By David Chaston
Much has been said elsewhere about the remarkable improvement in our economic fortunes in the past three months.
This short article summarises how benchmark interest rates have behaved in that time.
At the November Reserve Bank (RBNZ) Monetary Policy Statement, no new programmes were announced except the Funding for Lending Programme (FLP).
$28 billion was assigned by the RBNZ for trading banks, at the Official Cash Rate of 0.25%, to ensure money was available for borrowers at low interest rates.
Since then only $1.14 bln has been drawn, by three banks. Only The Co-operative Bank has been transparent about their $40 mln. The other two are trying to hide their involvement.
But the central point is that so far, very little of this money has been drawn, on its own, certainly not enough to make a difference in lending activity.
But household borrowers are in fact lining up to borrow, especially for higher priced houses. The asset-price bubble is expanding fast, especially for housing.
And savers have seen the returns on their deposits at banks collapse. The one thing the FLP did do was speed up the retreat from term deposits.
Term deposit interest rate offers have been falling sharply since March 2020 (the trend got started in March 2019, but gathered speed as the pandemic took hold). These rates have moved down in the past three months, but that hasn't been the main effect. The main effect is that term deposit savers have given up on that savings tool and just rolled their investment over into non-interest earning current accounts. But they didn't take the money out of the banking system, exactly the reverse. This effectively converted the funding for banks to zero interest - ironically lower than the FLP funding promise from the RBNZ.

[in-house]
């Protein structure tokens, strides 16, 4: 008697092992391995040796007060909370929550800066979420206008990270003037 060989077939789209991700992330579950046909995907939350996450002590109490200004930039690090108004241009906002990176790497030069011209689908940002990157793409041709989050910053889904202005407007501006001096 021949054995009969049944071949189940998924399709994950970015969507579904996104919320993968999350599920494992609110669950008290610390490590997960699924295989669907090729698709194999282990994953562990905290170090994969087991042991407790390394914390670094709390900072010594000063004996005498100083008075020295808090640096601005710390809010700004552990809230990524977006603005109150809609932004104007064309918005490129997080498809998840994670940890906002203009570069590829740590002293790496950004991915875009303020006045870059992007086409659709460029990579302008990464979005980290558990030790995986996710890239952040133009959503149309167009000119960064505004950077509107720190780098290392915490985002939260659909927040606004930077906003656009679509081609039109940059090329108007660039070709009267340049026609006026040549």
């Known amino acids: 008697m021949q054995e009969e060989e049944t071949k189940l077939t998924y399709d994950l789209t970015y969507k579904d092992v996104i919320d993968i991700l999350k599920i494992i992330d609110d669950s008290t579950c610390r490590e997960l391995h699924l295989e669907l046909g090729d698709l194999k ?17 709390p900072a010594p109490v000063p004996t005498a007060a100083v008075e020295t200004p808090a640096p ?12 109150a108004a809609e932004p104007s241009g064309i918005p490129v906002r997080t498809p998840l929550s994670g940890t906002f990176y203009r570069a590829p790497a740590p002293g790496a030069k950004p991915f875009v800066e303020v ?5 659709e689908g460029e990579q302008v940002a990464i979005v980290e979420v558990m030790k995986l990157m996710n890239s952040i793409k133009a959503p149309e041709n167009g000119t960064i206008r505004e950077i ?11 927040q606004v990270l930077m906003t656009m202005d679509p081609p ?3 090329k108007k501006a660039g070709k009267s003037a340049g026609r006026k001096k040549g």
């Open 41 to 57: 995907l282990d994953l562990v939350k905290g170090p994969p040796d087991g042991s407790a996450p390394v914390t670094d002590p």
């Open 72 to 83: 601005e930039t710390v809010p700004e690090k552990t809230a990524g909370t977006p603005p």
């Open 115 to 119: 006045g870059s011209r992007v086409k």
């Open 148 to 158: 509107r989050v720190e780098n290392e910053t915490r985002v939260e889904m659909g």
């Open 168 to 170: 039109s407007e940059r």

So the main impact of the November 2020 RBNZ MPS decision has been on the psychology of savers and their willingness to tie up funds at a fixed term. On the other hand, the one thing left that the RBNZ FLP does do for banks is give 'term' certainty for their long-term lending. If they just relied only on savers, they would effectively be borrowing very short (at call) and lending long (one, two or three years for home loans). Borrow-short, lend-long is a dangerous position for any financial institution to be in. Saver behaviour has raised these danger risks for banks.
Banks can attract wholesale funding at longer fixed terms but that now comes with the higher interest rates demanded by wholesale investors. And these are rising like the benchmark rates. A proxy for these increases can be seen in swap rates. Apart from the one year rate, these are all showing new rises, and they are higher for longer durations.
Here is what is happening at the benchmark end of the market. In this case, these benchmarks are what investors offer as yield for New Zealand Government bonds on the secondary market.
As long as the FLP option is around, it is unlikely that short-term retail interest rates for either bank deposits or borrowing from banks will rise.
But these new long term benchmark yield rises are now of a scale that they will affect other parts of the economy.
Company treasurers will be watching. It may motivate some of them to bring forward bond issues before these yields rise even further.
And the Government will be looking sideways at them too. Their bonds on issue are now $140 bln and that will be growing for some time yet, even if the "new issuance" plan is being scaled back.
Every +0.1% rise in yield will cost $140 mln additional per year in interest cost, on top of the current $3.5 bln per year. That is more than twice what central government currently spends on our largest District Health Board.
Of course, the RBNZ can keep buying Government bonds on the secondary market at bids that keep the rates low for Treasury.
But from the yield track over the past 90 days, that hasn't stopped the rise in long term rates. It may have slowed them, but investors have the option of other risk-free alternatives from other sovereigns and they are rising too.
The global sovereign debt market is enormous and 'efficient' in this way - there is no way New Zealand Government bonds can avoid these trends for very long. Remember, the RBNZ buys on the secondary market; actual investors bid in primary markets. If they bid and win at say a 2% yield and the RBNZ stands in the secondary market to buy at a price that tries to push that down, then all the RBNZ is doing is guaranteeing a bond price gain for investors. They will take that every day, essentially free money. The RBNZ is likely to tire of doing this very quickly.